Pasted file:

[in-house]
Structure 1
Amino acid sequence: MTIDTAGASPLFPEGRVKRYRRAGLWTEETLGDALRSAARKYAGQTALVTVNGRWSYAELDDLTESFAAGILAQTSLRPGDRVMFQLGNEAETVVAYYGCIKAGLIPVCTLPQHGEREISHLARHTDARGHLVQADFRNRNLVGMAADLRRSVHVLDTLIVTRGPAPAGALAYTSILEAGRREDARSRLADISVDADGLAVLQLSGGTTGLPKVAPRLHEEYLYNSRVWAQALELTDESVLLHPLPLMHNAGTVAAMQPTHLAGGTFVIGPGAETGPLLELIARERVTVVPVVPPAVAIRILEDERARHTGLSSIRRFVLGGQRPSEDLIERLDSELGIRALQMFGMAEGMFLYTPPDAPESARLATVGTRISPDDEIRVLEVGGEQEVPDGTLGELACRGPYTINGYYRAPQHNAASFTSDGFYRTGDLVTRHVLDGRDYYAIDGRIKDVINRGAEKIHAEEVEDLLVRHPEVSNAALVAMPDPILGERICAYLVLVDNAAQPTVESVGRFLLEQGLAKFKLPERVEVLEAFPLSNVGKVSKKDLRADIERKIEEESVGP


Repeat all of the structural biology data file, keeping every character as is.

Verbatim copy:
[in-house]
Structure 1
Amino acid sequence: MTIDTAGASPLFPEGRVKRYRRAGLWTEETLGDALRSAARKYAGQTALVTVNGRWSYAELDDLTESFAAGILAQTSLRPGDRVMFQLGNEAETVVAYYGCIKAGLIPVCTLPQHGEREISHLARHTDARGHLVQADFRNRNLVGMAADLRRSVHVLDTLIVTRGPAPAGALAYTSILEAGRREDARSRLADISVDADGLAVLQLSGGTTGLPKVAPRLHEEYLYNSRVWAQALELTDESVLLHPLPLMHNAGTVAAMQPTHLAGGTFVIGPGAETGPLLELIARERVTVVPVVPPAVAIRILEDERARHTGLSSIRRFVLGGQRPSEDLIERLDSELGIRALQMFGMAEGMFLYTPPDAPESARLATVGTRISPDDEIRVLEVGGEQEVPDGTLGELACRGPYTINGYYRAPQHNAASFTSDGFYRTGDLVTRHVLDGRDYYAIDGRIKDVINRGAEKIHAEEVEDLLVRHPEVSNAALVAMPDPILGERICAYLVLVDNAAQPTVESVGRFLLEQGLAKFKLPERVEVLEAFPLSNVGKVSKKDLRADIERKIEEESVGP